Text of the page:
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This is what happens when you ban a mobile advertising company from Facebook.

Peter Hamilton, the mobile ad executive dumped by Facebook after violating data storage agreements, has released a marketing report of the top 25 other companies occupying the mobile space.

In response to Facebook’s accusation, Hamilton acknowledged the snafu, and blamed it on a technology issue. Playhaven/Kontagent, a mobile advertising and analytics outfit with offices in San Francisco and London, was also dropped by Facebook for violating the same terms as HasOffers.

Luckily, Hamilton claims, Facebook accounted for less than one percent of his company’s revenues.

“This is definitely not a middle finger to Facebook,” Hamilton told Venture Beat by cellphone Monday from the Mobile World Conference in Barcelona. “There are lots of changes going on right now in the mobile advertising ecosystem.”

HasOffers is based in Seattle, has 144 employees and did $19 million in business last year.

The HasOffers chief went out of his way to explain that companies in the mobile space don’t need Facebook in order to grow and thrive. Hamilton apologized to Facebook and said he has since moved on from the failed relationship.

Hamilton’s Top 25 list includes IT firms occupying the mobile arena, such as hardware companies, app developers and mobile analytics outfits.

The five top companies profiled in the white paper were Google AdWords, InMobi, AdColony, AppLift and Millennial Media, in that order.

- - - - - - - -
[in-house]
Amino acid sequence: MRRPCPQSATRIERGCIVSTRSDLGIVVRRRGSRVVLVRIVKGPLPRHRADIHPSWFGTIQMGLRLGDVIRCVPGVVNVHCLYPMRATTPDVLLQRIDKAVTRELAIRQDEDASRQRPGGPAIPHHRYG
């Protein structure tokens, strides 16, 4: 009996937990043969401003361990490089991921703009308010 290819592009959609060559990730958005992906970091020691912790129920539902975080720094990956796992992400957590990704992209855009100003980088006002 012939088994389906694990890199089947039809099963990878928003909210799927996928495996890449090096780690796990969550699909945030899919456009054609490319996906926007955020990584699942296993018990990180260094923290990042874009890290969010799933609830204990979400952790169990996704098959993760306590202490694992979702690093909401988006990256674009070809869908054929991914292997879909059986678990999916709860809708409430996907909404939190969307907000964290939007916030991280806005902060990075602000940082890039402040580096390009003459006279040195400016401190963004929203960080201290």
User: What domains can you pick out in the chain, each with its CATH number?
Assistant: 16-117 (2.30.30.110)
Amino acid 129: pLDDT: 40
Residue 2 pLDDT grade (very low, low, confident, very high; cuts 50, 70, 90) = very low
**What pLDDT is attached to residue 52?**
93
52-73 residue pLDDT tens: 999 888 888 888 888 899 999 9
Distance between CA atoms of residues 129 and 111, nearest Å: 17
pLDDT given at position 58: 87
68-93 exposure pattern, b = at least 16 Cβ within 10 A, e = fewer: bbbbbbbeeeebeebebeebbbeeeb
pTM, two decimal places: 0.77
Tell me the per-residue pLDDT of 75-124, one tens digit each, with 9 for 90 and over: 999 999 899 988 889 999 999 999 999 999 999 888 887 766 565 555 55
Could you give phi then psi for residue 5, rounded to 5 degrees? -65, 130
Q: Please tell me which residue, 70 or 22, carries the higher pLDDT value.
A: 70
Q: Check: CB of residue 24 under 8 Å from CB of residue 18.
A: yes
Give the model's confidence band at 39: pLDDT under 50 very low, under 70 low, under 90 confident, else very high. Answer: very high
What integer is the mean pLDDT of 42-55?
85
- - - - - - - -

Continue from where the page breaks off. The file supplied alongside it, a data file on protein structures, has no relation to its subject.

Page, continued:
Hamilton wrote that top 25 list was compiled because “we wanted to point out the top 25 based on three equally weighted factors (Revenue Per Install, Install Volume, and Client Adoption). To be clear, this is only their size and performance related to MobileAppTracking and does not account for their business that exists on their own or other platforms. While we are the first to admit that this ranking methodology isn’t perfect, it is a strong indicator of the platforms and partners making major waves, and checking this list against market trends does suggest significant relevance.”

Mobile advertising is big business — and it’s getting bigger. Analysts claim the mobile advertising space totaled $13.1 billion in 2013 and say that figure will exceed $40 billion by 2017. Hamilton said his research indicated that Facebook’s take of the mobile advertising pie was about 25 percent of the $13.1 billion, or $3.2 billion.

Facebook did not return calls for comment by press time.

R “Ray” Wang, principal analyst and founder of Constellation Research, said Hamilton’s assertion that you don’t have to work with Facebook to succeed was spot on. Wang said Facebook’s user-base “is getting old. If you want to attract the 40 to 50 demographic you go to Facebook.”

“Peter Hamilton was right in his study. Totally. You don’t have to be on Facebook to be active and social. Facebook is one of many single places,” to go, Wang said.

AdColony, the mobile video advertising platform which scored the number three slot on Hamilton’s top 25 list, appears to consider Facebook a competitor. AdColony vice president Bryan Buskas pointed out that “video and social are two of the fastest growing segments in the mobile advertising space.”

Molly Moriarty, AdColony’s vice president of marketing, told Venture Beat that making Hamilton’s top 25 list validated her company’s trajectory:

“Overall, very excited to be included in the report! It validates what we’re already seeing in the market: mobile advertising (and especially mobile video) is exploding, and savvy advertisers both on the brand advertising and the performance advertising (app install) side are finding the right combinations of mobile advertising platforms and partners to drive ROI. We’re happy to consistently be a top performer for advertisers as we drive results with mobile video.”

Hamilton will release the report in Barcelona this morning. The full list can be viewed here.


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